Regardless of how the wood was treated, pallet projects are considered fragile because of the unpredictable nature of recycled wood. While definitely sturdier than particle board, wood from pallets could have been subjected to environmental factors or weakened from prior use.
Before packing this kind of furniture up, tighten screws and give nails a few light taps with a hammer to secure them. Then, wrap the entire piece in packing paper to avoid snags on any rough edges, and cover it with a moving blanket.
Your grandmother’s beautiful wooden writing desk is incredibly solid. It’s the carved details and additional ornamentation that make pieces like this gorgeous, and since you don’t see furniture decorated like that anymore, you know you’ve got a timeless piece on your hands. Unfortunately, these elements make older items risky to move, as well. With decorative components protruding from the piece, the possibility of it of being scratched or chipped increases, which can take away from its character and value.
If there are any embellishments that give you cause for concern, wrap a few extra layers of padding on to provide extra protection. Steer clear of any material that could scratch the wood, and avoid using tape near its surface, as it could remove the finish and/or leave behind an unsightly residue.
A classic vanity set is a piece of furniture that can be passed down from generation to generation. Let’s make sure it makes it through that journey scuff-free by packing it safely.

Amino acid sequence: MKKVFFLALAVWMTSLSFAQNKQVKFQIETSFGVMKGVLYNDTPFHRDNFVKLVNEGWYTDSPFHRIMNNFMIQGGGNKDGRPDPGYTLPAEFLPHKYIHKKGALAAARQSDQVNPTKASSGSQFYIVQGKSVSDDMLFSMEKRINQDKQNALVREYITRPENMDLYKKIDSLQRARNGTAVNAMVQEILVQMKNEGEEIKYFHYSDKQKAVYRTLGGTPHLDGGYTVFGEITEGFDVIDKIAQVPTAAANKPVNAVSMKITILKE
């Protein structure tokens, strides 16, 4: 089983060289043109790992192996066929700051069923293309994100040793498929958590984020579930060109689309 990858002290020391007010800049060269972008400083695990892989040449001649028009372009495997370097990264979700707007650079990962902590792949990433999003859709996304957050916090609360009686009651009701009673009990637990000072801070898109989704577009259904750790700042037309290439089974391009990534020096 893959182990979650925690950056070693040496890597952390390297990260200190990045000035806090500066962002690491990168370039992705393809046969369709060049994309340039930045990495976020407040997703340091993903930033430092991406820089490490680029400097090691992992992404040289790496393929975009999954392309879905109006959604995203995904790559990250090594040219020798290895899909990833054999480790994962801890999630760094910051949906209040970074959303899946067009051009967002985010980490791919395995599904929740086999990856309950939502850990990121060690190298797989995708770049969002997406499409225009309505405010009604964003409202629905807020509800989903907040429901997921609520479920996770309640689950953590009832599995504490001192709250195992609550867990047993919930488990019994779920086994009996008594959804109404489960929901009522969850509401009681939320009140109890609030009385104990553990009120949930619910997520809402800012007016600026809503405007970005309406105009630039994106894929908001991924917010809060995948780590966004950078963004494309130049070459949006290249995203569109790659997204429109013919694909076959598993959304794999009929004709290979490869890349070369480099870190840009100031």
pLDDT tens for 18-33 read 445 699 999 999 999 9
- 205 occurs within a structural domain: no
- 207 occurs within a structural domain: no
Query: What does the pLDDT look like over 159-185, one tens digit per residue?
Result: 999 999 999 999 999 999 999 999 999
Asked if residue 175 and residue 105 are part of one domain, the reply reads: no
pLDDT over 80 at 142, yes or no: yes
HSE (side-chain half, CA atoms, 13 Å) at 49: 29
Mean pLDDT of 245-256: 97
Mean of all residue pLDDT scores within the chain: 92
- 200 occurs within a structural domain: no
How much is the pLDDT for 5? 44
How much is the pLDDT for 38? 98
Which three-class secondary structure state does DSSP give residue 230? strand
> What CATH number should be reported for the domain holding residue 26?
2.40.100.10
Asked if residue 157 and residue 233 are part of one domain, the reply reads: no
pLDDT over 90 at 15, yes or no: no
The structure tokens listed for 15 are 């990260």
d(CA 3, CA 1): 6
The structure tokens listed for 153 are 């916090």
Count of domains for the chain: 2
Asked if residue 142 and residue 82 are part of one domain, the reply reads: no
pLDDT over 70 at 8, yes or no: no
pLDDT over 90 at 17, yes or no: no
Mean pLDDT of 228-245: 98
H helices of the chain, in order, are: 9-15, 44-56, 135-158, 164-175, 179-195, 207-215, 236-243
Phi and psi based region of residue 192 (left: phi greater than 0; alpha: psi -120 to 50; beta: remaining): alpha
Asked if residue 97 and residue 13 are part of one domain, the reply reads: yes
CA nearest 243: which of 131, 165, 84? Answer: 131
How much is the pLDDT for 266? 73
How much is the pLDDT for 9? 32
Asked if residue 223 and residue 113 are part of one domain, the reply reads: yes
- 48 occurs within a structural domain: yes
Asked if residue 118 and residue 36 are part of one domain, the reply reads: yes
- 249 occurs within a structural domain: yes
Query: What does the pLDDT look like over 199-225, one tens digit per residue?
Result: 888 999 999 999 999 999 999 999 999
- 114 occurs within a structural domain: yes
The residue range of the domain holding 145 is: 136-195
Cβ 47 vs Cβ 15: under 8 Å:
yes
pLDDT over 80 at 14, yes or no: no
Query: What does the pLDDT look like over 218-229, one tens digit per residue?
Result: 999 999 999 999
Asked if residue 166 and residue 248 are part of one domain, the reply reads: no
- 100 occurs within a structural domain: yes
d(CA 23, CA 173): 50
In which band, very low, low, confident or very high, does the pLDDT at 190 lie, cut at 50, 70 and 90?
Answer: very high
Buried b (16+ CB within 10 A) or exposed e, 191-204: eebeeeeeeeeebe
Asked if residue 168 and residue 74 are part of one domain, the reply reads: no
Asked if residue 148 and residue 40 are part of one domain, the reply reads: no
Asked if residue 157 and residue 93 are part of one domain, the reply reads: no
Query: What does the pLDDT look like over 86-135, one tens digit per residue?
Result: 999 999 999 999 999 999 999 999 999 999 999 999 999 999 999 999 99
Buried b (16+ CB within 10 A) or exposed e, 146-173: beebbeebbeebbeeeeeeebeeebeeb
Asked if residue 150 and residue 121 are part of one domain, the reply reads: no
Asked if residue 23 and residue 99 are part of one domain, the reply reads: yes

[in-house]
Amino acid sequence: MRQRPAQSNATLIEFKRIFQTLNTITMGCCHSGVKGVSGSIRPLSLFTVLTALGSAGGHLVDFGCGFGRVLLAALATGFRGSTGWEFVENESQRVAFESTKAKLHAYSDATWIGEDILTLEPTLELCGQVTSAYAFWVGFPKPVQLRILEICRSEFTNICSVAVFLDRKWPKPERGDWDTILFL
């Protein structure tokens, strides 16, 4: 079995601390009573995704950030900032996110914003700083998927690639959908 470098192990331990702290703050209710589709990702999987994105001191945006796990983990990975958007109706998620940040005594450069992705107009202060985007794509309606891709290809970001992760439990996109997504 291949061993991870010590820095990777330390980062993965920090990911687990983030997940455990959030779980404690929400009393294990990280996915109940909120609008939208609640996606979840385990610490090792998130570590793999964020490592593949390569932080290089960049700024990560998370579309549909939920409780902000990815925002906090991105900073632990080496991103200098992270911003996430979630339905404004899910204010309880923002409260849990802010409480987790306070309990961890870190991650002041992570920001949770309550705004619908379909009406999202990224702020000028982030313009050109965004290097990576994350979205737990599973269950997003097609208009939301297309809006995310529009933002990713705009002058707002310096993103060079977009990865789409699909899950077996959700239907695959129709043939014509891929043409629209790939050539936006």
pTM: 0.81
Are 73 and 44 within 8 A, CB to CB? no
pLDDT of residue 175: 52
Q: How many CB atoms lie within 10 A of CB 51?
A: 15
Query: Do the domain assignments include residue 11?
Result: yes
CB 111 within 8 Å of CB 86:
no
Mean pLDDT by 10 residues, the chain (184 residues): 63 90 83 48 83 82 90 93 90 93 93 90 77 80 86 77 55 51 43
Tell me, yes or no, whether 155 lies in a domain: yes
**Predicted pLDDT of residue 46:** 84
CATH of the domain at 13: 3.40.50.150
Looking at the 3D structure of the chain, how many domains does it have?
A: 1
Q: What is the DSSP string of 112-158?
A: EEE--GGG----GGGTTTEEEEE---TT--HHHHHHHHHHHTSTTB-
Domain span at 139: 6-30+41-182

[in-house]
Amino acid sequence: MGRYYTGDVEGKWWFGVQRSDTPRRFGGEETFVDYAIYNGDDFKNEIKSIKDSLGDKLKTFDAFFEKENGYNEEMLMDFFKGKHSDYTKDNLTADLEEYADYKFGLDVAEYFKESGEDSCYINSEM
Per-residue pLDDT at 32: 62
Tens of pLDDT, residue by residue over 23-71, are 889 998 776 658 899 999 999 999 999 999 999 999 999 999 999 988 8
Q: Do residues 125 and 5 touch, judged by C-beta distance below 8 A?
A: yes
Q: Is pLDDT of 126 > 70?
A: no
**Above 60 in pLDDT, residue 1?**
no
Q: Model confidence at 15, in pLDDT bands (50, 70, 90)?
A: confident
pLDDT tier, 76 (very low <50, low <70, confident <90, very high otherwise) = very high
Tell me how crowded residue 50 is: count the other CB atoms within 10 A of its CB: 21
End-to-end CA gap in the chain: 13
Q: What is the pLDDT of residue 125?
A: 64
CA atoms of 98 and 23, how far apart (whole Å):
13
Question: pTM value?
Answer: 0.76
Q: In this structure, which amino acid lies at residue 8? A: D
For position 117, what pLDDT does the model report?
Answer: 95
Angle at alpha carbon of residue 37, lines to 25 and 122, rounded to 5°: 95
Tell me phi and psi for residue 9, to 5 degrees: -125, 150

If the vanity itself is solid wood, it can be wrapped appropriately and would not be considered fragile, and is therefore covered under Clutter’s standard protection plan. The mirror, however, is a different story.
The mirror falls under the “fragile” category for obvious reasons. When still connected to the vanity base, it’s less sturdy than it would be on its own, and runs the risk of cracking or breaking off. If possible, separate the mirror from the vanity so that it can be safely wrapped independently from the rest of the piece.
To do so, first put tape across the mirror in a criss-cross pattern to keep it secure and hold pieces together should any accidental breakage occur. Wrap the mirror in packing paper or newspaper, then wrap again in bubble wrap. Wrapping in only bubble wrap can cause it to cling to the mirror’s surface and create tension that could lead to cracking, so be sure to do the newsprint step first.
Prepare a large, flat box meant for frames by stuffing the bottom of it with extra newspaper. Place the mirror inside and fill any gaps with newspaper, t-shirts, sweatshirts, or other protective packing material. Tape the box shut, and be sure to label it “Fragile” so the SpaceMakers know to use even greater care than usual.